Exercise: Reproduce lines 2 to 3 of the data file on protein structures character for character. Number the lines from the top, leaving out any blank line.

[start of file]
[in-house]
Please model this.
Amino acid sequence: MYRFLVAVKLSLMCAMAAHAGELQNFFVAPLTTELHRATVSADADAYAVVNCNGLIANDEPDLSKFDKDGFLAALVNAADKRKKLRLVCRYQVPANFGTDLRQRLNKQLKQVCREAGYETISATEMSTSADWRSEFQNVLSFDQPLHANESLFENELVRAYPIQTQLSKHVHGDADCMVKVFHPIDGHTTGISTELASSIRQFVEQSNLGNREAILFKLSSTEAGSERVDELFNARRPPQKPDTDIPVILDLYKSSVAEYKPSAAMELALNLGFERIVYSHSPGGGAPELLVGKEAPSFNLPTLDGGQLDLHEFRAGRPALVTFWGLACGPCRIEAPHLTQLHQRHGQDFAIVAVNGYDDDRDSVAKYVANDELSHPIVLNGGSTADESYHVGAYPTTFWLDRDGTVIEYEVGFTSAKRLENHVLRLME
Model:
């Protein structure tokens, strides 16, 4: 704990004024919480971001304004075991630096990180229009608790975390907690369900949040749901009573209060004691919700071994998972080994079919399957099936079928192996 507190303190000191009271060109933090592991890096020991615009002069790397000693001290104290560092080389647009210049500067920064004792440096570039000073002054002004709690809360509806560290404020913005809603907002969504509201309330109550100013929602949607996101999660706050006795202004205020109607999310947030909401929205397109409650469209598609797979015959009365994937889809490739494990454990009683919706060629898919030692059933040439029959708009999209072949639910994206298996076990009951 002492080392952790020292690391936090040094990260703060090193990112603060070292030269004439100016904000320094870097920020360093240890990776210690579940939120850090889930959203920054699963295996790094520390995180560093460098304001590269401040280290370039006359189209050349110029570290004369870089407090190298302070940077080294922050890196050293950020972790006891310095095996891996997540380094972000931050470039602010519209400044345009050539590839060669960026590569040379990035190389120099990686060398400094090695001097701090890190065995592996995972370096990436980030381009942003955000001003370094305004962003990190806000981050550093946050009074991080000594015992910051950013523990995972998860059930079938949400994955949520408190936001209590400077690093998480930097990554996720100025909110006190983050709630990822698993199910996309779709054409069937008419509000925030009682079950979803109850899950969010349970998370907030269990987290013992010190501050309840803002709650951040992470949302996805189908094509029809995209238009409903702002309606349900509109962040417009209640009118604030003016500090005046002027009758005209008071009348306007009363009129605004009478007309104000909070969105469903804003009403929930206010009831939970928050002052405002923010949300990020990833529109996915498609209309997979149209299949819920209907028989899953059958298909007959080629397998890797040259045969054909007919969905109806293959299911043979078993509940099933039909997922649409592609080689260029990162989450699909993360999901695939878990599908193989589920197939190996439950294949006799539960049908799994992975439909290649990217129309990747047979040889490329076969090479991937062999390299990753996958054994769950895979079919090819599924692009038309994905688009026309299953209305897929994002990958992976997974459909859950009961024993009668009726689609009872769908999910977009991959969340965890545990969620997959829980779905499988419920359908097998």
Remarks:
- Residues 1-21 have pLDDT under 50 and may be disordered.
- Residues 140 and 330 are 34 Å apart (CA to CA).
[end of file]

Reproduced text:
Please model this.
Amino acid sequence: MYRFLVAVKLSLMCAMAAHAGELQNFFVAPLTTELHRATVSADADAYAVVNCNGLIANDEPDLSKFDKDGFLAALVNAADKRKKLRLVCRYQVPANFGTDLRQRLNKQLKQVCREAGYETISATEMSTSADWRSEFQNVLSFDQPLHANESLFENELVRAYPIQTQLSKHVHGDADCMVKVFHPIDGHTTGISTELASSIRQFVEQSNLGNREAILFKLSSTEAGSERVDELFNARRPPQKPDTDIPVILDLYKSSVAEYKPSAAMELALNLGFERIVYSHSPGGGAPELLVGKEAPSFNLPTLDGGQLDLHEFRAGRPALVTFWGLACGPCRIEAPHLTQLHQRHGQDFAIVAVNGYDDDRDSVAKYVANDELSHPIVLNGGSTADESYHVGAYPTTFWLDRDGTVIEYEVGFTSAKRLENHVLRLME